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I handle ADA issues at work and deal with updating sites to adhere to WCAG 2.0. So perhaps I can offer my $0.02 and clear this up.

It is actually impossible for anything to be accessible out-of-the-box, but they have been designed to be accessible and have sane defaults. Those statements do not contradict one another.

For example, if you use a magnifying glass icon to mean "zoom" but their default title text for a magnifying glass is "search" then it is not out-of-the-box accessible even though it was designed to be fully accessible. They even mention this scenario (generically, not specifically) in their disclaimer.

>E.g. all the titles and descriptions given to the icons should be treated as placeholders and changed in implementation depending on an actual role of each icon. In many cases, you may not need them altogether

Having the placeholders there is questionably good - it would be better to have the attributes there but blank in my opinion. It will do more harm than good being wrong than being blank, but that's a difference in preference for implementation.




You're right that placeholder may do more harm than good and it's questionable if it makes any sense. Still considered it a better option though at that point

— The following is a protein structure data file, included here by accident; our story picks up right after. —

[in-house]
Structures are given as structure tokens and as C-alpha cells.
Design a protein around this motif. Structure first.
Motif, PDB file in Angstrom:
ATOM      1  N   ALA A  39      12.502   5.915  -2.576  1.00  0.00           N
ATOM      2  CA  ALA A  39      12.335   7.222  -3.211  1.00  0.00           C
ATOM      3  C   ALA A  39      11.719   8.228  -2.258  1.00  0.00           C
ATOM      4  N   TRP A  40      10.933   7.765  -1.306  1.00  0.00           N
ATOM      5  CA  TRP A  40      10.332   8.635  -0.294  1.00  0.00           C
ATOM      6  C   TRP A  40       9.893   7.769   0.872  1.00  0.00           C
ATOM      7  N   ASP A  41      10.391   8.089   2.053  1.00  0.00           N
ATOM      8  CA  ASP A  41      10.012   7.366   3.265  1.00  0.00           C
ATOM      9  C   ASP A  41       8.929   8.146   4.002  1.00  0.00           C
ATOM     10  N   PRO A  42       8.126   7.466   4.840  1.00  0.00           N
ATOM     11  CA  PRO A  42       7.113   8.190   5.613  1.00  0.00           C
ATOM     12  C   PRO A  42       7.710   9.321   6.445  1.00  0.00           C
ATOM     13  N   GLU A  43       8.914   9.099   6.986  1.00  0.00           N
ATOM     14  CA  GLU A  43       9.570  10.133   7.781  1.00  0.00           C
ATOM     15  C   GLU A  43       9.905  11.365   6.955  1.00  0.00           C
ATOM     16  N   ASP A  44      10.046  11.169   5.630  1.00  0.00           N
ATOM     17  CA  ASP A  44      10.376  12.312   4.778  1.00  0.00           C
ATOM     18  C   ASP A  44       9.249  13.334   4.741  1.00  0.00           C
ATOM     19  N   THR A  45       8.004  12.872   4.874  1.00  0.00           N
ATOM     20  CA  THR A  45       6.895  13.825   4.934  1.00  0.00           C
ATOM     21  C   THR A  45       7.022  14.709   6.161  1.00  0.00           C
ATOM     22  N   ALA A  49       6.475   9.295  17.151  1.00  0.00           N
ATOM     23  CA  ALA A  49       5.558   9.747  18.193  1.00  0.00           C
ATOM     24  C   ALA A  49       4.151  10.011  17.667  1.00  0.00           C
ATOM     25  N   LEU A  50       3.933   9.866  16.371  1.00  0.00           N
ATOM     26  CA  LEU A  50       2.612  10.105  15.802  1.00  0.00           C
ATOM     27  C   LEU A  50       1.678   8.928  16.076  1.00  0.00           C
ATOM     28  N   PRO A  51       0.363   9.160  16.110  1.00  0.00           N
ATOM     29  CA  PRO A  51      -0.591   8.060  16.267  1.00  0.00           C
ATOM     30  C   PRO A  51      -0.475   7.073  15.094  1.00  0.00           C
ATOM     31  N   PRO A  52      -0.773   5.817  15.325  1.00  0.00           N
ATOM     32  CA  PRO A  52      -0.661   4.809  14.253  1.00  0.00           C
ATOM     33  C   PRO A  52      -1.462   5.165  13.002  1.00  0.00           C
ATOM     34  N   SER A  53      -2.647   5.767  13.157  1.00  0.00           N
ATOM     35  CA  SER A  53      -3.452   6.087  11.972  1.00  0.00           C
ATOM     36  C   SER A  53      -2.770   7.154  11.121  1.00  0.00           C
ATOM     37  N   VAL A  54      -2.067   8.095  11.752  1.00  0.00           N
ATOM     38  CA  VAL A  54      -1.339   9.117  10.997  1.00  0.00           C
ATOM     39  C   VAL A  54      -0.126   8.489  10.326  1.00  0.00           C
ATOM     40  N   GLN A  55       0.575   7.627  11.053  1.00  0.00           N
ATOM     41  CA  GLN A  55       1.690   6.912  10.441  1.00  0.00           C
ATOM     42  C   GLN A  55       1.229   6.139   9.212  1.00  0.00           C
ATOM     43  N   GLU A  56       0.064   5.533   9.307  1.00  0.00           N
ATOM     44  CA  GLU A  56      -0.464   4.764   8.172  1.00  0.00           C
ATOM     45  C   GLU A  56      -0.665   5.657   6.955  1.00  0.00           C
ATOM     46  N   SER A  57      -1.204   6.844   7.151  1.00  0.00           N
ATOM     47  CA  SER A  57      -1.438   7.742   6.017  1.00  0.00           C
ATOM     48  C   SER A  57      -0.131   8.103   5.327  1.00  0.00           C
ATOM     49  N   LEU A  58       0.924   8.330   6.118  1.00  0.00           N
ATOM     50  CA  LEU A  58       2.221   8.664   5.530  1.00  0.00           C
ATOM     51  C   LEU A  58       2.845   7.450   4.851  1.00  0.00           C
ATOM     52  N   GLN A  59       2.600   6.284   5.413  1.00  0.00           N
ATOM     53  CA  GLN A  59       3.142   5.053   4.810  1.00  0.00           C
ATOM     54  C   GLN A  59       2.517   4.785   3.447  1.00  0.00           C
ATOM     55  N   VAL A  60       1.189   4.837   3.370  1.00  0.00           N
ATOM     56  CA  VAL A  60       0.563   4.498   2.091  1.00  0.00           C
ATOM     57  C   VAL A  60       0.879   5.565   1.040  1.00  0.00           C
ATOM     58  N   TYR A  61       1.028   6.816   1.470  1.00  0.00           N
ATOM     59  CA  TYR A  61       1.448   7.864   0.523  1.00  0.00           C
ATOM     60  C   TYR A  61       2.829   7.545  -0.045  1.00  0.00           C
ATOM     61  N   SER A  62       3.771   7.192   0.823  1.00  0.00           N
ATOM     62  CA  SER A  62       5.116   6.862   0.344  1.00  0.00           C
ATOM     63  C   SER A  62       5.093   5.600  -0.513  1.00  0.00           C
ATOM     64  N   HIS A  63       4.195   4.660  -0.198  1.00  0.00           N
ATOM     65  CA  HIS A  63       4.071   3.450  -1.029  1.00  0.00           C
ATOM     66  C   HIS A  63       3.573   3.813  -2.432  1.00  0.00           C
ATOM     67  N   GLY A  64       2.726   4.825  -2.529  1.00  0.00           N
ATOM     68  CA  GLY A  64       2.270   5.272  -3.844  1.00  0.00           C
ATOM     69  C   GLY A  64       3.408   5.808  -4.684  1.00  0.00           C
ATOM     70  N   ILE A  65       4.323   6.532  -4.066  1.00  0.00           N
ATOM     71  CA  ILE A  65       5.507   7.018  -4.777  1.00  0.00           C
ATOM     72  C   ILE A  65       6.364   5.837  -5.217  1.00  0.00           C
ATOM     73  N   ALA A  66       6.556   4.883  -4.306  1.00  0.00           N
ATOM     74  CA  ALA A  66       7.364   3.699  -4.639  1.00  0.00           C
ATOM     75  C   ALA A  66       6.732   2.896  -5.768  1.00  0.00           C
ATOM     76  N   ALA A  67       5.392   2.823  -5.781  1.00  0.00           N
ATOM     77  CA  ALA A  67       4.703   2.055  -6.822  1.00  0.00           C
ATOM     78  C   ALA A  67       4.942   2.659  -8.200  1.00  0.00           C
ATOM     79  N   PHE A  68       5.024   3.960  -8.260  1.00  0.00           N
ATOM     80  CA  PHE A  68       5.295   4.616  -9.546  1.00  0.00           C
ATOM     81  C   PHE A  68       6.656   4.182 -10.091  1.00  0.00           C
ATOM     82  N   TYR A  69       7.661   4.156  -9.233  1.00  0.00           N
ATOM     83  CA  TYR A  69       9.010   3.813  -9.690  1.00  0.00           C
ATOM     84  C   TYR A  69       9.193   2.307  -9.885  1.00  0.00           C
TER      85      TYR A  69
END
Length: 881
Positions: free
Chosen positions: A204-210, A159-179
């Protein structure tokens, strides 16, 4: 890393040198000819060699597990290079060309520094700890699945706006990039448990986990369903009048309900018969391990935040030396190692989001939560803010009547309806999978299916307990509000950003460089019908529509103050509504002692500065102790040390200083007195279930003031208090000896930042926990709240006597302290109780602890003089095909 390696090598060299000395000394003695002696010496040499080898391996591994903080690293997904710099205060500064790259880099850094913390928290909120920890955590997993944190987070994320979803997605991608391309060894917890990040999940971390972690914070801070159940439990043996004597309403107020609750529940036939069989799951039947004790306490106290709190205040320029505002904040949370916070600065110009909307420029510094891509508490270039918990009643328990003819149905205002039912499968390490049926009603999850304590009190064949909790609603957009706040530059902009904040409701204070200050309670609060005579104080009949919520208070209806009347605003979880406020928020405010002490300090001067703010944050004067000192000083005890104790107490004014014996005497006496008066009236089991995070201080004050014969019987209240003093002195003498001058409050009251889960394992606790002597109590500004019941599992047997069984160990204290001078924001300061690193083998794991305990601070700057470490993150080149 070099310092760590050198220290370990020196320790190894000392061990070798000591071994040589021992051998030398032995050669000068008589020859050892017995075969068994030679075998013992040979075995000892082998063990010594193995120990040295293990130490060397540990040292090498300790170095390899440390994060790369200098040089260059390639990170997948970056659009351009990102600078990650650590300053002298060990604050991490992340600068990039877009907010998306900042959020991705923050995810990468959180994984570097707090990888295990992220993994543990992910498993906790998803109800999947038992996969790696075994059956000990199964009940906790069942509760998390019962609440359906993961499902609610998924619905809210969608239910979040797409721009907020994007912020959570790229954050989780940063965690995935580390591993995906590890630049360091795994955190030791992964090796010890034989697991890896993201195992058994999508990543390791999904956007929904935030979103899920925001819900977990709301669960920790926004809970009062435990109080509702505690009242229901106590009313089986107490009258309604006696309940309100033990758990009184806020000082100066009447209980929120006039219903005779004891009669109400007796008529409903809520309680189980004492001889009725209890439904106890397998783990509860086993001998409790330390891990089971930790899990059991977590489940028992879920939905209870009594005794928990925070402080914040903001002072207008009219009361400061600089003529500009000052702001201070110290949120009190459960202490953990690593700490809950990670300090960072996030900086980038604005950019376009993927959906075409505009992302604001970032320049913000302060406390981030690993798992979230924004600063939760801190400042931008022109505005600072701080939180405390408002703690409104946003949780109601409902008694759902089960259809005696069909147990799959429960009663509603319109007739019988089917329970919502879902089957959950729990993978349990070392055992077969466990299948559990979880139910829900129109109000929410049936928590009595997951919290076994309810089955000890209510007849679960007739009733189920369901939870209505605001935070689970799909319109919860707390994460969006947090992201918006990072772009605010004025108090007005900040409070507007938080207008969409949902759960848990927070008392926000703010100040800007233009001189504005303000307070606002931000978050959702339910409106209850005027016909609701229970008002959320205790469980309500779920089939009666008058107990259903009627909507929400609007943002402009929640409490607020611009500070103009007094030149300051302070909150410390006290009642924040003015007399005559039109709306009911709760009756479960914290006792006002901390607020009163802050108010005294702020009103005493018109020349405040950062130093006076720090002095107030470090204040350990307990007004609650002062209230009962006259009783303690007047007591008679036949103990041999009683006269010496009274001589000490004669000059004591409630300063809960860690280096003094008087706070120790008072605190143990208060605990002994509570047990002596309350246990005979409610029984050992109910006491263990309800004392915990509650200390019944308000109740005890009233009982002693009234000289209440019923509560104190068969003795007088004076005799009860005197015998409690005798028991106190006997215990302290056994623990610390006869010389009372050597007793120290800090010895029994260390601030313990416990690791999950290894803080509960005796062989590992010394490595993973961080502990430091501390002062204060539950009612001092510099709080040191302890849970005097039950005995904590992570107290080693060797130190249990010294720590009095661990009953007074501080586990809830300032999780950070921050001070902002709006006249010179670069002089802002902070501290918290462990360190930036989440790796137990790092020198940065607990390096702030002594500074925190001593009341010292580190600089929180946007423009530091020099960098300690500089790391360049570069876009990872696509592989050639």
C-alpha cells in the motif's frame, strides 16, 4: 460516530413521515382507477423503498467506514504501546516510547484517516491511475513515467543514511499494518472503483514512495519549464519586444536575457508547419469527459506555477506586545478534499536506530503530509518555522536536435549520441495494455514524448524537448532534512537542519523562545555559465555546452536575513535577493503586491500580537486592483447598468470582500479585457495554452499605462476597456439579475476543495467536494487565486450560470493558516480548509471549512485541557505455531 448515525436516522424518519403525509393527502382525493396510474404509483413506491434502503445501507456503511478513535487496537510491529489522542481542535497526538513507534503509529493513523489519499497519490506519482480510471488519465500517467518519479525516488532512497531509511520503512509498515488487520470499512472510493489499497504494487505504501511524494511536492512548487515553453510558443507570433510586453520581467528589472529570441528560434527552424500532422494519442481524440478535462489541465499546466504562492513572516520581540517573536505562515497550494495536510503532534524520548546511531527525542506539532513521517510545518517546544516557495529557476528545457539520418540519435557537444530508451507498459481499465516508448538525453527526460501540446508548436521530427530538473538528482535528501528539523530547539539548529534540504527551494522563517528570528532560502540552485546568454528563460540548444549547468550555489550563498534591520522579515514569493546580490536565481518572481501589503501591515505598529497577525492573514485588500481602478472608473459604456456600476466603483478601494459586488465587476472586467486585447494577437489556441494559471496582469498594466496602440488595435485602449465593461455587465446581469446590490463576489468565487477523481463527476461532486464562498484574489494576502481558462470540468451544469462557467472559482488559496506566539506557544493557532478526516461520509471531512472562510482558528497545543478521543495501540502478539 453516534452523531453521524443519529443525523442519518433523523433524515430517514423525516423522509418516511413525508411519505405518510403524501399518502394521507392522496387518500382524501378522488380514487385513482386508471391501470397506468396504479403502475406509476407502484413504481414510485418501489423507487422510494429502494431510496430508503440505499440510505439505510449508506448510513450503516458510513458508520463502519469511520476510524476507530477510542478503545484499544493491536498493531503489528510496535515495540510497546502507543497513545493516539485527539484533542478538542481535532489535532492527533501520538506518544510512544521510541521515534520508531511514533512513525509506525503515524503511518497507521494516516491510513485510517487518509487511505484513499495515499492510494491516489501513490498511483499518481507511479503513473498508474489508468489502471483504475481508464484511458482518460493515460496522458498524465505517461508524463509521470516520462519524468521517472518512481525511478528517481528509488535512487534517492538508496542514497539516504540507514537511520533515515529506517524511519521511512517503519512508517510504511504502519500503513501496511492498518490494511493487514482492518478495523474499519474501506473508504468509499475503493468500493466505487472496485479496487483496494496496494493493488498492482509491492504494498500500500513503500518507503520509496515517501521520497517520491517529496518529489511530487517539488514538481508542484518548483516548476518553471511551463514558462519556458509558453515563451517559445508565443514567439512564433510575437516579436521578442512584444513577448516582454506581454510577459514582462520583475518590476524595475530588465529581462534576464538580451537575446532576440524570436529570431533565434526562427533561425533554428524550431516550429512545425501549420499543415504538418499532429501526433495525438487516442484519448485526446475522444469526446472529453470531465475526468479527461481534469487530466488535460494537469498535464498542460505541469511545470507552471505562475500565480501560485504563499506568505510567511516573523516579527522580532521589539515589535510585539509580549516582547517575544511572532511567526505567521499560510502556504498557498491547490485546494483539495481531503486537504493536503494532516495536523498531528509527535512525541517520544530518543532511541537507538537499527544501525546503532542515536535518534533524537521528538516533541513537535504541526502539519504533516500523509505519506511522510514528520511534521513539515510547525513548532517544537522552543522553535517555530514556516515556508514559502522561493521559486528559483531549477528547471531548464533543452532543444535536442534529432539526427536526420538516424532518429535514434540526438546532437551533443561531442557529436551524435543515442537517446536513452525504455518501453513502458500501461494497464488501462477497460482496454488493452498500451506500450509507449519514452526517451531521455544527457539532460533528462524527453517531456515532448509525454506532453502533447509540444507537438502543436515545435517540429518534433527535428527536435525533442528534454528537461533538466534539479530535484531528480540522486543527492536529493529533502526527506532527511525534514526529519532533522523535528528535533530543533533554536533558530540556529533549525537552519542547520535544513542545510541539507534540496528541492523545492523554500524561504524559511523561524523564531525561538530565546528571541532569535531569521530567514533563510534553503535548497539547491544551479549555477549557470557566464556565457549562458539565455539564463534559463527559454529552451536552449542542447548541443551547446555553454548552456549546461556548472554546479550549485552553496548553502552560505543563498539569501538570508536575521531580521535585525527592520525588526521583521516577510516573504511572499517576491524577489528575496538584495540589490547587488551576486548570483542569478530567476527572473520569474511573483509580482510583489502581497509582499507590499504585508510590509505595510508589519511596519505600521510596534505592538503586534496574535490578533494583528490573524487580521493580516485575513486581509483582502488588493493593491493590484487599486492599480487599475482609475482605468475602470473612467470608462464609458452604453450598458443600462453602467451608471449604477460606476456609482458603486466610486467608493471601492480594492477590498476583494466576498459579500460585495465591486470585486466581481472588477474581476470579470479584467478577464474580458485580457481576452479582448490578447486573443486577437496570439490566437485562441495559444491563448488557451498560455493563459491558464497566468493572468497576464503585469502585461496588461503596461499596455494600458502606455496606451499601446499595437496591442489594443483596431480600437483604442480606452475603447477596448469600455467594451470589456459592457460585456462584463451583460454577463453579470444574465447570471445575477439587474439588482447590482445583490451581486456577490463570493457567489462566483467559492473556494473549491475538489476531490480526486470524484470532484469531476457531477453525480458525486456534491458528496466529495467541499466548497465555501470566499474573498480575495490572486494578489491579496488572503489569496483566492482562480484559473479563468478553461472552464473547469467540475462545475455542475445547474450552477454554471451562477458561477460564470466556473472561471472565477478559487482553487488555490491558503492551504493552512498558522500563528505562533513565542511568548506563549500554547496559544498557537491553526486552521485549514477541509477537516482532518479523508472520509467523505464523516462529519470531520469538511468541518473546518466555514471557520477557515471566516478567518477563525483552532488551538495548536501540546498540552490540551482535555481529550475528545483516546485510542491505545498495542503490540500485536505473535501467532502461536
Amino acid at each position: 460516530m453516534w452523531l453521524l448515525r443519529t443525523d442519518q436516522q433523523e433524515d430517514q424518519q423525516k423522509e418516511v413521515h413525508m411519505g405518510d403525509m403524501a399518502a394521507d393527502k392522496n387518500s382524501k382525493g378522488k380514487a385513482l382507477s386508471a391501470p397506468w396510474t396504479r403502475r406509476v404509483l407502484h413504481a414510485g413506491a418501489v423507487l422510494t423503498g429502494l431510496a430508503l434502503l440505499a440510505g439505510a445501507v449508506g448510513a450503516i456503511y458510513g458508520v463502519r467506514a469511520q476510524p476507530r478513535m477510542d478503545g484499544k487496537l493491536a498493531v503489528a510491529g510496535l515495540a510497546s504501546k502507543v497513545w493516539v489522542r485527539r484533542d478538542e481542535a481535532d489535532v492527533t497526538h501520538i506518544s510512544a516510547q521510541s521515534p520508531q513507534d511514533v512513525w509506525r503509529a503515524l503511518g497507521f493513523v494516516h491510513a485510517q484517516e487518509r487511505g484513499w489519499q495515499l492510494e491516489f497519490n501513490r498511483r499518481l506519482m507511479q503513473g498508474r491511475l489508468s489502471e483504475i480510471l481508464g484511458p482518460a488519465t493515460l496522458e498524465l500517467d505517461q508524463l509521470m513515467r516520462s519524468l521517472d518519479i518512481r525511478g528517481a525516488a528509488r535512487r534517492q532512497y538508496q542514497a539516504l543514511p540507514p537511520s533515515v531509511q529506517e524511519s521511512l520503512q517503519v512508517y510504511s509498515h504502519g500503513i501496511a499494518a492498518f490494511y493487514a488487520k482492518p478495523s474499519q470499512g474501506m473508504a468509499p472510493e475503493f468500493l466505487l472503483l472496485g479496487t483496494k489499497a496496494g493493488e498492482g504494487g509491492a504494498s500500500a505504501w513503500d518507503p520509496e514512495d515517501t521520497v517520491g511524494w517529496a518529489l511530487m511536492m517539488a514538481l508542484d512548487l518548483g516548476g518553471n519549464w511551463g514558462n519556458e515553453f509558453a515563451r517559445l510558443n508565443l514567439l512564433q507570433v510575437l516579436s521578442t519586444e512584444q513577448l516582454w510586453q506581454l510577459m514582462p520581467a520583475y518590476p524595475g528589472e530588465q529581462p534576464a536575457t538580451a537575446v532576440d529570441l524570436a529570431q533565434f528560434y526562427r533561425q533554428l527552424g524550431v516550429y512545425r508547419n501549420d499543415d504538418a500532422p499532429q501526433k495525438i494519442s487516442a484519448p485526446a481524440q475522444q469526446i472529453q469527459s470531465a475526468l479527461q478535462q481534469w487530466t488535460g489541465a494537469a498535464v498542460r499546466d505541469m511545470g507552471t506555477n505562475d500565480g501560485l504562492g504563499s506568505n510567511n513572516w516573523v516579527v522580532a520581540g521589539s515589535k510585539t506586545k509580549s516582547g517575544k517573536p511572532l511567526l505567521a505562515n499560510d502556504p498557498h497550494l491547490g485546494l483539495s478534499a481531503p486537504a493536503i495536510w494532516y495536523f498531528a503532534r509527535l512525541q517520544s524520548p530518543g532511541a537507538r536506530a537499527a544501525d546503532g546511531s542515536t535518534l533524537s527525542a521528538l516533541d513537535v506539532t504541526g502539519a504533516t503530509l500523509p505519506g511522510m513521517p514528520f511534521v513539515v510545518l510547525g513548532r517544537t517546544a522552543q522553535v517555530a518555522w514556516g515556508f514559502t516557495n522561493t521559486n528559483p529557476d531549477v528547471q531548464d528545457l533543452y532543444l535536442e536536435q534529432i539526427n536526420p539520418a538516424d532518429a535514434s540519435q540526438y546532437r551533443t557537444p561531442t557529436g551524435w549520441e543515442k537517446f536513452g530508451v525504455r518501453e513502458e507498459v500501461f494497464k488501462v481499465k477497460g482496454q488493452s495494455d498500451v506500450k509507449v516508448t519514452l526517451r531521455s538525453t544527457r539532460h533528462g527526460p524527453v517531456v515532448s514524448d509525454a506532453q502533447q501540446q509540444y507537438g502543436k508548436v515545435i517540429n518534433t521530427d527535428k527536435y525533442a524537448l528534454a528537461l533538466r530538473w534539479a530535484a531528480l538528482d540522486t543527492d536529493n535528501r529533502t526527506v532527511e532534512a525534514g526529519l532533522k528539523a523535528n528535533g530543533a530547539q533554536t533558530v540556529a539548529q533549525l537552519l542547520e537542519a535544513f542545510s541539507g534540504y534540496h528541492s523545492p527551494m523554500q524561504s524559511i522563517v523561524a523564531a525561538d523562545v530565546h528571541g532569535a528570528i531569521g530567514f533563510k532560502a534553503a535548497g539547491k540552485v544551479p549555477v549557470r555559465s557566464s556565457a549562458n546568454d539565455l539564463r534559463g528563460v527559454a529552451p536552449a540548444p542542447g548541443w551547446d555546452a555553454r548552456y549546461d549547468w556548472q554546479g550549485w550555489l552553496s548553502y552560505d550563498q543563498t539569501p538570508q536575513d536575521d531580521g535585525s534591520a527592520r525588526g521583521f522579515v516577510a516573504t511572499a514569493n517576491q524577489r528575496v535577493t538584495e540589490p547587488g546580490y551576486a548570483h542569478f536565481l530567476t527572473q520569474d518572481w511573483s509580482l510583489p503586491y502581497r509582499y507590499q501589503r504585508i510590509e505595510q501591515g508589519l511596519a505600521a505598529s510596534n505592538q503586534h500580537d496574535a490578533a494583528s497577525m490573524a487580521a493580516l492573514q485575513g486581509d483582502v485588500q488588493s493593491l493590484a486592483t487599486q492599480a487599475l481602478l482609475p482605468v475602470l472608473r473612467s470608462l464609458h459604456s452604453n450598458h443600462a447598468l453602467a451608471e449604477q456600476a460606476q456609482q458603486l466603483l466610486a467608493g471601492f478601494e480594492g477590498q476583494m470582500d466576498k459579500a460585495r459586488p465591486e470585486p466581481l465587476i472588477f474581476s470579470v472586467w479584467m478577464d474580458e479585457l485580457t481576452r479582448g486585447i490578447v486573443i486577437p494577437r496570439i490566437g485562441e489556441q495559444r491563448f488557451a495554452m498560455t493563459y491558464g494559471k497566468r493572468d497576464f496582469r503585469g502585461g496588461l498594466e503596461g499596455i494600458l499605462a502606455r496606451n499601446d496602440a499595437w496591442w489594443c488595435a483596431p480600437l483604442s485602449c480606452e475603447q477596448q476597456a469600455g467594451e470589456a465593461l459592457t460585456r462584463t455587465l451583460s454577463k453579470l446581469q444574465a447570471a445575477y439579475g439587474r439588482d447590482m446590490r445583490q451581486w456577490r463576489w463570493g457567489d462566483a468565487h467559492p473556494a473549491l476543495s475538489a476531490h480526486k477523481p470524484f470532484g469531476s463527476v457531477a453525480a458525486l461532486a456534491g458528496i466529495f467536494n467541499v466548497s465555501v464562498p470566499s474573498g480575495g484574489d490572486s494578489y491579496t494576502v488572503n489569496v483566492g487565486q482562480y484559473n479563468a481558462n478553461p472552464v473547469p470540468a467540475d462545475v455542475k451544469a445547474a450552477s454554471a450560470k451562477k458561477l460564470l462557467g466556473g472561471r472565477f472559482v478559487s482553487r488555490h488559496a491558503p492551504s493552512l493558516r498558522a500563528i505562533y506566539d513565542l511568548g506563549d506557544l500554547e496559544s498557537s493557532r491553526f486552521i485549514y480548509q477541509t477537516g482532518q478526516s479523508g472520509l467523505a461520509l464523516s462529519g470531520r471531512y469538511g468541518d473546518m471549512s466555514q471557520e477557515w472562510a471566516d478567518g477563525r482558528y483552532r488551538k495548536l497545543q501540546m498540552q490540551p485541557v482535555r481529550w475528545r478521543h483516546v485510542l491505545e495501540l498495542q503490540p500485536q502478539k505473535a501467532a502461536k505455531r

As an accessibility advocate, I always highly appreciate accessibility-first libraries. Thank you :)

I agree with Nadya. Wrong or false labels do in fact cause more harm than good. I understand that you want to provide sane default, but I would rather encourage people to edit the labels themselves (maybe add a message box somewhere).

I've also tested an example icon with Firefox + NVDA (inline SVG), which leads to the following screen reader announcement:

    Add Icon of a plus sign enclosed in a circle  graphic
This has multiple issues from the accessibility perspective:

1. IF you are using a title + description, use aria-labelledby for the main label (= title) and aria-describedby for the description. Right now there is no separation and both labels will be read without a pause, making no sense (what is an "add icon of a plus sign .."?).

2. I would advice against using a description altogether. A screen reader user does not care about how the icon looks. He/she cares about the action it performs. So here, "Add" (depending on the context) is more than enough. As a general tip: Screen reader users should have access to the same information as sighted users. That's why we don't describe decorative images for example (alt=""), because there is no information behind it.

3. "Icon of" is unnecessary. As you can see in the NVDA output, when using "role=img" the user already knows it's an graphic. Hence, "Icon of" or "Image of" should not be used in image descriptions.

4. Keep in mind, there are still some issues with SVGs and screen readers to think about [1]. Therefore I also prefer to use the labels on the enclosing elements (buttons, links) instead.

I hope, you find my tips helpful. Keep up the good work!

[1] https://haltersweb.github.io/Accessibility/svg.html


Would need data about whether or not people are more or less likely to

1) Add text when it is missing but the attribute is there to serve as a reminder

OR

2) Change text when it is wrong

Neither one is "wrong" but one might be better than the other.


100% agree. Right then I was just blindly guessing ;)




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